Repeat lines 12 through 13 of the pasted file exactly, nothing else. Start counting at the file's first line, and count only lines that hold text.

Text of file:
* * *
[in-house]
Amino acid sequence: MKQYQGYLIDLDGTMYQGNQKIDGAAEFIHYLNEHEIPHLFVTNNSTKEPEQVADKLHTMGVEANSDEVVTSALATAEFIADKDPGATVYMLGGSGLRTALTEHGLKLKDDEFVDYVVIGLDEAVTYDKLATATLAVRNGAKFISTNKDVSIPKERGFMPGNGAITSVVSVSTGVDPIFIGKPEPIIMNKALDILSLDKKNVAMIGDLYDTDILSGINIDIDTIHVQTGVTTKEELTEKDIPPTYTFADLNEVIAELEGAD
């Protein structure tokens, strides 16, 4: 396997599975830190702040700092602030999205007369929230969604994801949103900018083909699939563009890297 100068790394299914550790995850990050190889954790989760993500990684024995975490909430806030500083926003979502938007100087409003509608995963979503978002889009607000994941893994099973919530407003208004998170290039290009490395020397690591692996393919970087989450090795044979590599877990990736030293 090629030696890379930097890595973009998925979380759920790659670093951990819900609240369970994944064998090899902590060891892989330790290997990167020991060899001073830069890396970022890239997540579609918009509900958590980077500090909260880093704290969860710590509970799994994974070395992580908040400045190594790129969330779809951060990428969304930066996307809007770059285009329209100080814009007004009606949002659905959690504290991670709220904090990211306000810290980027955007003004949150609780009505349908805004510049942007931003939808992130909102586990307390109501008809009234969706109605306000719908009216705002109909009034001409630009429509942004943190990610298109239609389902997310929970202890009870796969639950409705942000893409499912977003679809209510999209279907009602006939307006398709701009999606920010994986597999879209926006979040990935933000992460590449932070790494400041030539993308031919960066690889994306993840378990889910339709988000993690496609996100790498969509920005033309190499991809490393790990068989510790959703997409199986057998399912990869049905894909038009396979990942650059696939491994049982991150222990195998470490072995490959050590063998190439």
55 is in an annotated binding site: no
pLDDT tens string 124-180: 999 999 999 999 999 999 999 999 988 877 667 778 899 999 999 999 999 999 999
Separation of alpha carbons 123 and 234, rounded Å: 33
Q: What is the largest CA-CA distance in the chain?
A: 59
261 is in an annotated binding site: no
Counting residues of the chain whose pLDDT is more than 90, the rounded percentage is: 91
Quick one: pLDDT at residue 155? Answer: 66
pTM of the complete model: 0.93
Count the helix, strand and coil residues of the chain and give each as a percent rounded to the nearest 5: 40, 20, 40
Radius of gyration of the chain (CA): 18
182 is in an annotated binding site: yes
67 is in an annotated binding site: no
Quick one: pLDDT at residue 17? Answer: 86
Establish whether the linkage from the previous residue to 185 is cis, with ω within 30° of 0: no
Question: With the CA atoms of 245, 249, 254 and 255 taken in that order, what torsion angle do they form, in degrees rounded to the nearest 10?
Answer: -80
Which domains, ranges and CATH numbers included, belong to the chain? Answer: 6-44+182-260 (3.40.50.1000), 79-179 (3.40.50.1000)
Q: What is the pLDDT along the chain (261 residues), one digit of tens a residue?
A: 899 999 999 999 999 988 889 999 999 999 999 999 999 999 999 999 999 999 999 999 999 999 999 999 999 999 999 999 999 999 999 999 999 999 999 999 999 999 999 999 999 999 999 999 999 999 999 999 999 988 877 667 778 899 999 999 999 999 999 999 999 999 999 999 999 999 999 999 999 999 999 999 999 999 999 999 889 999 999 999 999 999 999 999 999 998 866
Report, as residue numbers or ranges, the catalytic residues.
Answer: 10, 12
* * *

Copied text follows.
pTM of the complete model: 0.93
Count the helix, strand and coil residues of the chain and give each as a percent rounded to the nearest 5: 40, 20, 40